Sing the Story: a sermon for Christmas Eve, midnight

Isaiah 62: 6-12                  Psalm 97                  Titus 3: 4-7             Luke 2: 1-20

I started singing Christmas Carols early this year.

Each month I go into the local aged care facility at Hilton and hold a communion service for the residents. We often have half a dozen or more people who come, and we share the bible readings, the bread and wine, and we attempt to sing one old well-known hymn together, but mostly I land up singing a badly-pitched solo. Some doze off. Some snore. Some have no idea what is happening around them. And some just sit and smile at me, while I press on through. But not this time.

I went at the start of December – still in the early days of advent – but suggested we sang a carol. This ordinarily quiet, subdued group of octogenarians became animated as they called out the names of their favourites; away in a manger, while shepherds watched their flocks, once in royal David’s city, hark the herald…and so they kept coming. And they sang! Oh they sang! Heads back, smiles on faces, they sang the Christmas story over and over. And there was such joy!

This past week we sang carols again…this time a group of us sang, with protest banners in our hands, outside the prison at Perth airport, where our friend Ned is detained indefinitely for seeking asylum in this country. We sang outside the window, seeing him through the mesh that keeps him locked up. He has spent the last 10 Christmasses there and has no idea how many more will come and go before he is released. He is so often in despair and sad, but hearing those songs made him beam with joy. At the end we sang ‘we wish you a merry Christmas’, which brutally clashed with the surroundings, but I dared to believe that our being there, singing the greatest story of light, life and hope, had contributed some merriness to his day. And he said it did.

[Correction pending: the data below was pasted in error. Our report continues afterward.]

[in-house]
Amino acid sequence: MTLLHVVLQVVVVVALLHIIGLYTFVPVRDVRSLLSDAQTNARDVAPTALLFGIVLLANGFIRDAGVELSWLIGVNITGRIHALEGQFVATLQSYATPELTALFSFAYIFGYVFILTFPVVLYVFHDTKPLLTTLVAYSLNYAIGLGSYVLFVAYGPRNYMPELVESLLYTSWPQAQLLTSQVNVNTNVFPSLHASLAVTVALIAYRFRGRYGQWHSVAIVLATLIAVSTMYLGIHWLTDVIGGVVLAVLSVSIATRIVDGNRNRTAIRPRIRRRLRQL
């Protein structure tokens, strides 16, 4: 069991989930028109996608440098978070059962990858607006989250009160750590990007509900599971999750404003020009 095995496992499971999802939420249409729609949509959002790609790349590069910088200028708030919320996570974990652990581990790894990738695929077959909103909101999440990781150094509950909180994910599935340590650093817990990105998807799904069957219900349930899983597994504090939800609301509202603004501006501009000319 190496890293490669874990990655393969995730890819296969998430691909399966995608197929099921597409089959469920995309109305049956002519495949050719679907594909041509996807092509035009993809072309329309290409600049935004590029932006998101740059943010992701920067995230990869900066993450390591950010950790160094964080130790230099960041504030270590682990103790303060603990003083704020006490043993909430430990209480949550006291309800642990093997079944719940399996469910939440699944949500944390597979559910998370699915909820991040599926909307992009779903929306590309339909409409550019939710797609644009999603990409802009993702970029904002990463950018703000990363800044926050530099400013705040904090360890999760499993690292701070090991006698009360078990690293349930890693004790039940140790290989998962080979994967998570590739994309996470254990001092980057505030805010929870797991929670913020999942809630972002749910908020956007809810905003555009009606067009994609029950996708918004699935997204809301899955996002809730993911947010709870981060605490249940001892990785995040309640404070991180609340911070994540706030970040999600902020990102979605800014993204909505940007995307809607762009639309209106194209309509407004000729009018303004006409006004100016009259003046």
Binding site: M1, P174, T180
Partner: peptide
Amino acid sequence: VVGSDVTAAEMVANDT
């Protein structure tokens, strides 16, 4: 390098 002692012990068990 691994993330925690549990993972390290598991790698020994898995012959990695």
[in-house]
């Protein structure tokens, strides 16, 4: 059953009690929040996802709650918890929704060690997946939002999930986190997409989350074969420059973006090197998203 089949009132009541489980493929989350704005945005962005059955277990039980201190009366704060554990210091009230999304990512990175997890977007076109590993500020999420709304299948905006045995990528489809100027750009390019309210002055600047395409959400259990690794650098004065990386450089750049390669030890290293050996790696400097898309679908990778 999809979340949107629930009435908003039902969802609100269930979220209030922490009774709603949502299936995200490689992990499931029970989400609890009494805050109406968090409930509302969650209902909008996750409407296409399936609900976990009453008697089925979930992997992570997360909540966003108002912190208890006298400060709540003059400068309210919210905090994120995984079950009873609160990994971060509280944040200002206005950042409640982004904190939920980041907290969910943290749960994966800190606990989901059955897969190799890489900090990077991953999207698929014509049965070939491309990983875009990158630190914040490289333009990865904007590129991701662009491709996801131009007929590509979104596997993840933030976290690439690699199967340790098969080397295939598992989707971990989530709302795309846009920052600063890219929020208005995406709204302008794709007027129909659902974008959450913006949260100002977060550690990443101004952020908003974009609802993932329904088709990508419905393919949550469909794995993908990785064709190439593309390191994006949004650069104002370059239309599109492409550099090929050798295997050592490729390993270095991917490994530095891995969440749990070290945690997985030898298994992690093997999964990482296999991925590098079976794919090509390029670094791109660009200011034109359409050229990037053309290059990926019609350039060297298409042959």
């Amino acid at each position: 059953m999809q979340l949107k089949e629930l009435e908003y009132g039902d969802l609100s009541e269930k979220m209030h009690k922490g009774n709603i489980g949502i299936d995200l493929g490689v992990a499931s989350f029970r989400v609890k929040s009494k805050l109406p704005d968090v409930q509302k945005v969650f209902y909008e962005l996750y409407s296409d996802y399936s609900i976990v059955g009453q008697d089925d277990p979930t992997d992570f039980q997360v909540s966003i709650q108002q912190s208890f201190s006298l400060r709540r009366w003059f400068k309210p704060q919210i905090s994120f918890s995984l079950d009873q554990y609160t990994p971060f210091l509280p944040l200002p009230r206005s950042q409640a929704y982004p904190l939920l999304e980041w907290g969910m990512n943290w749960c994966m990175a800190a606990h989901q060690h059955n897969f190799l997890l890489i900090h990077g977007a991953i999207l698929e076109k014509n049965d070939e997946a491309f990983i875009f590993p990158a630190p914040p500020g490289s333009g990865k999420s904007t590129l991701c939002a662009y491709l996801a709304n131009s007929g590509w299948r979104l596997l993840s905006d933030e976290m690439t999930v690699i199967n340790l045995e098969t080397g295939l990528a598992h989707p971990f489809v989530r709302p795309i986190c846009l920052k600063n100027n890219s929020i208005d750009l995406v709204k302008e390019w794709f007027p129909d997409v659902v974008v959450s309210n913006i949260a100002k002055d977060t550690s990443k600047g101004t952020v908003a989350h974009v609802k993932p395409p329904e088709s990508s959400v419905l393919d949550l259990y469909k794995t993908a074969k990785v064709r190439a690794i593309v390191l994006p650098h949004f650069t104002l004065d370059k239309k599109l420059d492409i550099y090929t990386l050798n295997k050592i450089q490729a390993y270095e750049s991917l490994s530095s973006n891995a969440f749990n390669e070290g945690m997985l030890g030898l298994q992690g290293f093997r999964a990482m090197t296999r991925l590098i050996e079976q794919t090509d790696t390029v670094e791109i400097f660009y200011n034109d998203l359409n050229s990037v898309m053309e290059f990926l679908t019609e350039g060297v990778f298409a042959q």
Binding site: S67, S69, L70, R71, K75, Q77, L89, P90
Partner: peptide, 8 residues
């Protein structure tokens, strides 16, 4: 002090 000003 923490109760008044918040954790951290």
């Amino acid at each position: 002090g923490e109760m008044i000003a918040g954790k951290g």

And then we sang more carols right here this afternoon and again tonight. And in each of these places the Christmas story rang out and reminded me, clear as day, the importance of singing the story.

Singing the story woke those old ladies up and reminded them of christmasses gone by, and the truth of the glorious incarnation; the saviour who is Christ the Lord. Singing the story at the detention centre brought light and life to that horrendous place and brought joy to those who feel forgotten. Singing the story reminded them that they are human and held in our thoughts. And I hope that on some level it connected within them the deepest truth that the first Christmas celebrated a middle eastern baby, homeless, state-less and looking for a safe place to live…just like them. Singing the story told them that.

And this afternoon we sang the story with people from our local community as they played. And again, tonight, as people wandered in.

And on the first Christmas the angels sang the story, and the shepherds sang the story too.

‘Glory to God’, the angels sang, ‘and on earth peace among those God favours’.